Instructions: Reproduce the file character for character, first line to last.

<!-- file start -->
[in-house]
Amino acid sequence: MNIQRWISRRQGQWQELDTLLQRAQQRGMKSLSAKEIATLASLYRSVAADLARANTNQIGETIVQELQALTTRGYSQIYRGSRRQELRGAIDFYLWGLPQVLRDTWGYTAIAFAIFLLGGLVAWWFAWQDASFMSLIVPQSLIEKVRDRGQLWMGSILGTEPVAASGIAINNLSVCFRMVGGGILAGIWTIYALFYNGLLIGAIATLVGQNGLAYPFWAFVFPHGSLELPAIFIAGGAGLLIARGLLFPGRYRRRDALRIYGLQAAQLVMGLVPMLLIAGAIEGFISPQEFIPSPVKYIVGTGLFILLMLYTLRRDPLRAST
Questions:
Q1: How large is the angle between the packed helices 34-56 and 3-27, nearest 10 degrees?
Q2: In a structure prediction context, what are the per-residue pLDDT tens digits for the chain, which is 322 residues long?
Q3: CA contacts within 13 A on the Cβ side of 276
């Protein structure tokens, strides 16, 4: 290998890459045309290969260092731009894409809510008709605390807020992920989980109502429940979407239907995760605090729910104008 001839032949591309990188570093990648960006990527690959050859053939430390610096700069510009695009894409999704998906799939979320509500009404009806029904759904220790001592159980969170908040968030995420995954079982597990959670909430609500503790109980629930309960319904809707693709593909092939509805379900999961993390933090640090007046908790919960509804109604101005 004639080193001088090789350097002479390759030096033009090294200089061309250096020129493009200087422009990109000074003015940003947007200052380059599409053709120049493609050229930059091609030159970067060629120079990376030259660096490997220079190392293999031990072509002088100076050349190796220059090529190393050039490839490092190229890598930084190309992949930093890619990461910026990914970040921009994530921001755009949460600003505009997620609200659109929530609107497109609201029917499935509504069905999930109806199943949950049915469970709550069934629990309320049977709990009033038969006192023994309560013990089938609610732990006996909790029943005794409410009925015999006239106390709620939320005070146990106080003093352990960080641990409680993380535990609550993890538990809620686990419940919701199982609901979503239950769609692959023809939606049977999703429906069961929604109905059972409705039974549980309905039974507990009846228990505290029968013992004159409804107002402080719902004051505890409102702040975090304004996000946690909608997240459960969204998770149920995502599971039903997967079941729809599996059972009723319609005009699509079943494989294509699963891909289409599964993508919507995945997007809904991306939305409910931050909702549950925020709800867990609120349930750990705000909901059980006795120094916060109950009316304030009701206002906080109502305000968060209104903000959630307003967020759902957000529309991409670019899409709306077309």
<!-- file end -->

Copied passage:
[in-house]
Amino acid sequence: MNIQRWISRRQGQWQELDTLLQRAQQRGMKSLSAKEIATLASLYRSVAADLARANTNQIGETIVQELQALTTRGYSQIYRGSRRQELRGAIDFYLWGLPQVLRDTWGYTAIAFAIFLLGGLVAWWFAWQDASFMSLIVPQSLIEKVRDRGQLWMGSILGTEPVAASGIAINNLSVCFRMVGGGILAGIWTIYALFYNGLLIGAIATLVGQNGLAYPFWAFVFPHGSLELPAIFIAGGAGLLIARGLLFPGRYRRRDALRIYGLQAAQLVMGLVPMLLIAGAIEGFISPQEFIPSPVKYIVGTGLFILLMLYTLRRDPLRAST
Questions:
Q1: How large is the angle between the packed helices 34-56 and 3-27, nearest 10 degrees?
Q2: In a structure prediction context, what are the per-residue pLDDT tens digits for the chain, which is 322 residues long?
Q3: CA contacts within 13 A on the Cβ side of 276
């Protein structure tokens, strides 16, 4: 290998890459045309290969260092731009894409809510008709605390807020992920989980109502429940979407239907995760605090729910104008 001839032949591309990188570093990648960006990527690959050859053939430390610096700069510009695009894409999704998906799939979320509500009404009806029904759904220790001592159980969170908040968030995420995954079982597990959670909430609500503790109980629930309960319904809707693709593909092939509805379900999961993390933090640090007046908790919960509804109604101005 004639080193001088090789350097002479390759030096033009090294200089061309250096020129493009200087422009990109000074003015940003947007200052380059599409053709120049493609050229930059091609030159970067060629120079990376030259660096490997220079190392293999031990072509002088100076050349190796220059090529190393050039490839490092190229890598930084190309992949930093890619990461910026990914970040921009994530921001755009949460600003505009997620609200659109929530609107497109609201029917499935509504069905999930109806199943949950049915469970709550069934629990309320049977709990009033038969006192023994309560013990089938609610732990006996909790029943005794409410009925015999006239106390709620939320005070146990106080003093352990960080641990409680993380535990609550993890538990809620686990419940919701199982609901979503239950769609692959023809939606049977999703429906069961929604109905059972409705039974549980309905039974507990009846228990505290029968013992004159409804107002402080719902004051505890409102702040975090304004996000946690909608997240459960969204998770149920995502599971039903997967079941729809599996059972009723319609005009699509079943494989294509699963891909289409599964993508919507995945997007809904991306939305409910931050909702549950925020709800867990609120349930750990705000909901059980006795120094916060109950009316304030009701206002906080109502305000968060209104903000959630307003967020759902957000529309991409670019899409709306077309």